Along California’s economically distressed rural North Coast — where the future lies not in the fishing and logging jobs that once defined it but, increasingly, in tourism — climate change has forced those who live by the rod and the reel to consider their options.

For decades, many rural communities like Fort Bragg that once relied upon natural resource-based industries — like fishing, logging or mining — have tried to pivot to tourism, including plans to build a new marine science center on the site of the struggling lumber town’s last sawmill. It’s not an easy transition.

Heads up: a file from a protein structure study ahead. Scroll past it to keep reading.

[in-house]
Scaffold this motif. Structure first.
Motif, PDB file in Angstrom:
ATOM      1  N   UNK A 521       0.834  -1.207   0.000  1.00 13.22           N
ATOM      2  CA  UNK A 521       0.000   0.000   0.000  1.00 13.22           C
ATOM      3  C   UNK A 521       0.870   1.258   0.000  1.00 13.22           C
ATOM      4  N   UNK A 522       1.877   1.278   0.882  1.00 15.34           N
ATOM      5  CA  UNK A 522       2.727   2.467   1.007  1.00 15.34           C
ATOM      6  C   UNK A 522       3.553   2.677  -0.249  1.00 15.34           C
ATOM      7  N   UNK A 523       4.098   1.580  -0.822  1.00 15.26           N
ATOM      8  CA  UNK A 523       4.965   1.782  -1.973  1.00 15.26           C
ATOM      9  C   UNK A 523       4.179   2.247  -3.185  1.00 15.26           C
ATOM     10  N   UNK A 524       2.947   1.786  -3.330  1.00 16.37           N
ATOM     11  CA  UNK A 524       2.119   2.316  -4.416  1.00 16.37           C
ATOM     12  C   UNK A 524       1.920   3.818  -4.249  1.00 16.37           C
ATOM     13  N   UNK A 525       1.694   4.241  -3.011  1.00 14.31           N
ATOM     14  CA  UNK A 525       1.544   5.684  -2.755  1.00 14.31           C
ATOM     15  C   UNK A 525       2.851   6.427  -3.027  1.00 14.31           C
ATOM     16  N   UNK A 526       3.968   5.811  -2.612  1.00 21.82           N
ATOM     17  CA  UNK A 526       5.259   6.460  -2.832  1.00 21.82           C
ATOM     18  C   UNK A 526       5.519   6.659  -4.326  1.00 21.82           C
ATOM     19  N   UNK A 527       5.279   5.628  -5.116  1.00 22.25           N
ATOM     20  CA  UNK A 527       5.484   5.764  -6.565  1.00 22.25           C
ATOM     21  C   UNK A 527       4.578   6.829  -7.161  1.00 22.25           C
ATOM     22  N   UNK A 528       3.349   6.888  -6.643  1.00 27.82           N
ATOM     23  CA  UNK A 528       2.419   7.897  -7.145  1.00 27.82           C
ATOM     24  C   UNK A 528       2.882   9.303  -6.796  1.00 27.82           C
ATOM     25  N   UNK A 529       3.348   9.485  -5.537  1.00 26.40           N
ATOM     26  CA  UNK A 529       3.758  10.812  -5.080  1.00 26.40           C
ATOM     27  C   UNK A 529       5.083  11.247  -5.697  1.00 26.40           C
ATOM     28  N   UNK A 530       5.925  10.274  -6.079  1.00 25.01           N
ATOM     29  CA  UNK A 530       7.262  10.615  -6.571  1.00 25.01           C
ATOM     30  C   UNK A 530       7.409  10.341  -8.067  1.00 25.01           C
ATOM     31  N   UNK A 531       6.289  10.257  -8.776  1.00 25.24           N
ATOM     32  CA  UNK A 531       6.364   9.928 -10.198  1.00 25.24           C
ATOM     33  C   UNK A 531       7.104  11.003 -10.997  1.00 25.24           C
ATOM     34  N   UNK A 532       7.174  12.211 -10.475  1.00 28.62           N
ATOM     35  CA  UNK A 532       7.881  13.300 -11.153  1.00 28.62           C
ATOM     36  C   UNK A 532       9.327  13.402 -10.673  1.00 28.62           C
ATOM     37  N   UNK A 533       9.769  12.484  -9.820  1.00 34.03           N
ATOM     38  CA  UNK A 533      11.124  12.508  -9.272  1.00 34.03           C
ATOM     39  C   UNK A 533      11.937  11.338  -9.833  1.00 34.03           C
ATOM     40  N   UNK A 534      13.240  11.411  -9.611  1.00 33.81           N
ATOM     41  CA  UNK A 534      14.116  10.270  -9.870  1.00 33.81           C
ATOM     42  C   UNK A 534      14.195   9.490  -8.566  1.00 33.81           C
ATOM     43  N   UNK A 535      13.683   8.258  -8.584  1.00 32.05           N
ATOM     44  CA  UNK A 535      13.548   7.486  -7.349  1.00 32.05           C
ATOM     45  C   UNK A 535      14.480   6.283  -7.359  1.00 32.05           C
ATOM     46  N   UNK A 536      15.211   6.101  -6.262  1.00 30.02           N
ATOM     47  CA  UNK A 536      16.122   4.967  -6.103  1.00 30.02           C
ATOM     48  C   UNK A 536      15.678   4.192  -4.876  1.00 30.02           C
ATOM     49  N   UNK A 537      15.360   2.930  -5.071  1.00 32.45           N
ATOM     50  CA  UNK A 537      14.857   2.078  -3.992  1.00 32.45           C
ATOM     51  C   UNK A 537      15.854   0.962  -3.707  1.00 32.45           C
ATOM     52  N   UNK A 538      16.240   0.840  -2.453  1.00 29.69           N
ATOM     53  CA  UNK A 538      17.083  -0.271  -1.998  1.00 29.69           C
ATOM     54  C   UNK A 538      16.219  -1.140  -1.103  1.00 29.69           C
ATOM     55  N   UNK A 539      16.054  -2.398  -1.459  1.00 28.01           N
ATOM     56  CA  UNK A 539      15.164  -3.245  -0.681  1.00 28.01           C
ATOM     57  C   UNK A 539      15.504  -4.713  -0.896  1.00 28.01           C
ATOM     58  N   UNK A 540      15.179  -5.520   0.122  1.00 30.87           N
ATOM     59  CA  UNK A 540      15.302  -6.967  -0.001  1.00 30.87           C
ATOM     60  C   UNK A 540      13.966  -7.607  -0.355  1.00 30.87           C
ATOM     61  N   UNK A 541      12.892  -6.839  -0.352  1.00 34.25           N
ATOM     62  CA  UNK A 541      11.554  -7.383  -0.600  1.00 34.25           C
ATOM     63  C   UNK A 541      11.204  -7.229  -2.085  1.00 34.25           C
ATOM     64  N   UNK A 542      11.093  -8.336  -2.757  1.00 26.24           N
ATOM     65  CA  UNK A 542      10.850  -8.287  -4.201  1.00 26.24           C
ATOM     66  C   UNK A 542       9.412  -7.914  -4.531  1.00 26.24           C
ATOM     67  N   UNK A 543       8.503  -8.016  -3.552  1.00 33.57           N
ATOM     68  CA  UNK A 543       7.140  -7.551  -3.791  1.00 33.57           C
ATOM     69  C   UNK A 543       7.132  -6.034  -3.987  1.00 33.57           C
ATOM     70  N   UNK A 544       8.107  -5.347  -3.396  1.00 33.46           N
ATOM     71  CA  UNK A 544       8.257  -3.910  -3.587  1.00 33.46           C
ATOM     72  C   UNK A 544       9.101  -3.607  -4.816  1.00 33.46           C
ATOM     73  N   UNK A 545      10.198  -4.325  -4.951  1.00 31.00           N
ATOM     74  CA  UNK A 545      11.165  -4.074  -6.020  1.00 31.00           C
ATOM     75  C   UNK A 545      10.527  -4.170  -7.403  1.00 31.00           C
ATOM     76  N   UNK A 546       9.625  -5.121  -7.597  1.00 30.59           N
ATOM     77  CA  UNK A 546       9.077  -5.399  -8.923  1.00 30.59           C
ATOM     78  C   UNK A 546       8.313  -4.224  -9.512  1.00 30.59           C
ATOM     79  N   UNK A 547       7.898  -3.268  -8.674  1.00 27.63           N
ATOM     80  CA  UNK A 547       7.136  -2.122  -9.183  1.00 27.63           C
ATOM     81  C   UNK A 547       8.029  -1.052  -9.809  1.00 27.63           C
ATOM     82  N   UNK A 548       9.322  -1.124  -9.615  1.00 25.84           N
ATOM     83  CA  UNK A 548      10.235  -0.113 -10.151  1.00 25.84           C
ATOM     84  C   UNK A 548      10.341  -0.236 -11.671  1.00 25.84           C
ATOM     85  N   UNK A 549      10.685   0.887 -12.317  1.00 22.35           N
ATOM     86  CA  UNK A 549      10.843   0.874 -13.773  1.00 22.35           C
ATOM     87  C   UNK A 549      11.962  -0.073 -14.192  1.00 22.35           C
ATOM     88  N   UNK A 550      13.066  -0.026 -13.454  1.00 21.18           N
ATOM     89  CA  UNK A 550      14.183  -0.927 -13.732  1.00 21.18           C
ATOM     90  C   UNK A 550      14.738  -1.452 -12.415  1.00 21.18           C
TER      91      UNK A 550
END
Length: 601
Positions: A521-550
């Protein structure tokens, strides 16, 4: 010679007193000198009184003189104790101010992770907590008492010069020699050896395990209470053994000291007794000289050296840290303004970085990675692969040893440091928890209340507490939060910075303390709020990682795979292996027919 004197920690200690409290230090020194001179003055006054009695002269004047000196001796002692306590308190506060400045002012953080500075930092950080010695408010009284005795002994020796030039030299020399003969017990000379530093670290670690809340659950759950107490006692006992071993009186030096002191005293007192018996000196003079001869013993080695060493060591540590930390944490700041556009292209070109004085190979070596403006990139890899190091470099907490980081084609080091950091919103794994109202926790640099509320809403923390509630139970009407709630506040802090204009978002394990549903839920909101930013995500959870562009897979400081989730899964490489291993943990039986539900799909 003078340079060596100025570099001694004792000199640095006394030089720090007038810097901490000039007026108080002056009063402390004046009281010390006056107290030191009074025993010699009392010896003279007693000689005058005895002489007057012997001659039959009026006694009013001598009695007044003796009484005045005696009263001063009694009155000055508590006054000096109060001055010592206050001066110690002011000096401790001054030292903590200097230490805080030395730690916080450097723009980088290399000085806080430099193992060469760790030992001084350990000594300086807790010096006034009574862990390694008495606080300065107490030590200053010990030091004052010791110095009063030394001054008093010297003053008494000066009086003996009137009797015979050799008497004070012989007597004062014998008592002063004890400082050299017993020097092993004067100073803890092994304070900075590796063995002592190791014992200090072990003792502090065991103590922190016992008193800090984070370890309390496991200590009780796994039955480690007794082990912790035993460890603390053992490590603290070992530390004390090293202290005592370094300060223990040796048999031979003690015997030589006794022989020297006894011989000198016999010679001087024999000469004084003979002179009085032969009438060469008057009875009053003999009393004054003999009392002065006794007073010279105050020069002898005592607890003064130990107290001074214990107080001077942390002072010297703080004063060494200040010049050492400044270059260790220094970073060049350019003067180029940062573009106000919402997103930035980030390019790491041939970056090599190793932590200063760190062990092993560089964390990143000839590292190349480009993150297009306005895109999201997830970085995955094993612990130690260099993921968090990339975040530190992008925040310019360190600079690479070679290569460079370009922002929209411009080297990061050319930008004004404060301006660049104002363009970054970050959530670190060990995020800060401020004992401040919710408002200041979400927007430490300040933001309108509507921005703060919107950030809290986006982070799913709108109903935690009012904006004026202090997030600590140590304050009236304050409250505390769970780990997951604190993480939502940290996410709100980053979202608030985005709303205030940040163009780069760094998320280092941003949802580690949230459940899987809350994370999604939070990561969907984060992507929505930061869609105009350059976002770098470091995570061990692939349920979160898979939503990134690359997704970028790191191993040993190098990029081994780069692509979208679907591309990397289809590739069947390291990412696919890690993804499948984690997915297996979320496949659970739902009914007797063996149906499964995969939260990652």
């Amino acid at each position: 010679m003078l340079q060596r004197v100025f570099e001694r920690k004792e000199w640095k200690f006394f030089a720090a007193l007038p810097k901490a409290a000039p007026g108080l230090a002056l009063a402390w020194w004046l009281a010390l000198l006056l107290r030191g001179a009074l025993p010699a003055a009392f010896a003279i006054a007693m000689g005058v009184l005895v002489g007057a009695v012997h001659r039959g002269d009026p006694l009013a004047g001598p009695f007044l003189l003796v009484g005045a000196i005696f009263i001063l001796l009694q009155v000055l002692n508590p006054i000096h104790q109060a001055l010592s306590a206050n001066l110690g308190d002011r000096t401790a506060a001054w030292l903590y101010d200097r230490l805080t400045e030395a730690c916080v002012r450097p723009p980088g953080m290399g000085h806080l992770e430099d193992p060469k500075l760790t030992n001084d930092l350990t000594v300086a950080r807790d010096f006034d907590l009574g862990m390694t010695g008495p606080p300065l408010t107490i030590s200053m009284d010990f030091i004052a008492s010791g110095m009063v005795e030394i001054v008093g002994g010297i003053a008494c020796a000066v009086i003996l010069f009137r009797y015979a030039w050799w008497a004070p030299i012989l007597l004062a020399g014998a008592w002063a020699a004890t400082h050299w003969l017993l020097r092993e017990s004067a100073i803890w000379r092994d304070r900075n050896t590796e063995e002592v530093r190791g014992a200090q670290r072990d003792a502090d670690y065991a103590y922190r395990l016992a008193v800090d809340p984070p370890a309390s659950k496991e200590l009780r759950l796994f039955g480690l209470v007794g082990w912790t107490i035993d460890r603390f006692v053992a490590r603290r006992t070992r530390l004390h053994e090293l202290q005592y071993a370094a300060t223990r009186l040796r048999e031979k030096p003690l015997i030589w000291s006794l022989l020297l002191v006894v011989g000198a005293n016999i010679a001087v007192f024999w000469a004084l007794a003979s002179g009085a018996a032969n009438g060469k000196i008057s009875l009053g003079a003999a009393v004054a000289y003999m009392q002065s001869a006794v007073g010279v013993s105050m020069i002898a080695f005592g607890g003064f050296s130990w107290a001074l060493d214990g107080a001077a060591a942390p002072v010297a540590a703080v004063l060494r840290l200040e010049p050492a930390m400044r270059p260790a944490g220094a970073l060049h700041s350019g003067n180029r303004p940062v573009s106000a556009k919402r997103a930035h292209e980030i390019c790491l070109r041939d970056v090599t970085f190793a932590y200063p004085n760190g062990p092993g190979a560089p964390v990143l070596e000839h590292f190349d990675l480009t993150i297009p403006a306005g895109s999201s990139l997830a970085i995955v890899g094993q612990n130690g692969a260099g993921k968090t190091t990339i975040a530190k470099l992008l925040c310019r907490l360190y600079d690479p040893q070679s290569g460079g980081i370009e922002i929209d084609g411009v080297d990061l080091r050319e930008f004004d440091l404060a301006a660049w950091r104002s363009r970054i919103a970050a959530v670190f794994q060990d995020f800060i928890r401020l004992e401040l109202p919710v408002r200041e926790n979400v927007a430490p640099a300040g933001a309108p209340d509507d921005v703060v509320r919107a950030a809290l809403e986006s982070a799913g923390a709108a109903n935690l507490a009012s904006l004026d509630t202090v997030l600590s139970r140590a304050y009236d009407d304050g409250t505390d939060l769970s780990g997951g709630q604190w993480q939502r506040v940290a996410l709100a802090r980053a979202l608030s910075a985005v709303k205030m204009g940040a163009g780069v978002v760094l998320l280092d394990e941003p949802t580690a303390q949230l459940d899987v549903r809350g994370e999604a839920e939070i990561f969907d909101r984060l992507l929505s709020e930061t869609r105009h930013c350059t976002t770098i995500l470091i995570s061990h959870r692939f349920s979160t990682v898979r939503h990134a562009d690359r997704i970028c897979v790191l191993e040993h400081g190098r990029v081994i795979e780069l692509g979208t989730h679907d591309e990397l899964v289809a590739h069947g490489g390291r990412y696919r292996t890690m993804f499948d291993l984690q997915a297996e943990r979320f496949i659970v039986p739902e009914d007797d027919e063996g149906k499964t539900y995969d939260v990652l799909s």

Jennifer Sherman.
Sherman

“The jobs that tourism brings, large proportions are service-industry jobs, are seasonal or part time, and don’t lift a family above the poverty line,” said Jennifer Sherman, an associate professor of sociology at Washington State University who focuses on rural communities.

Find out more

Yahoo News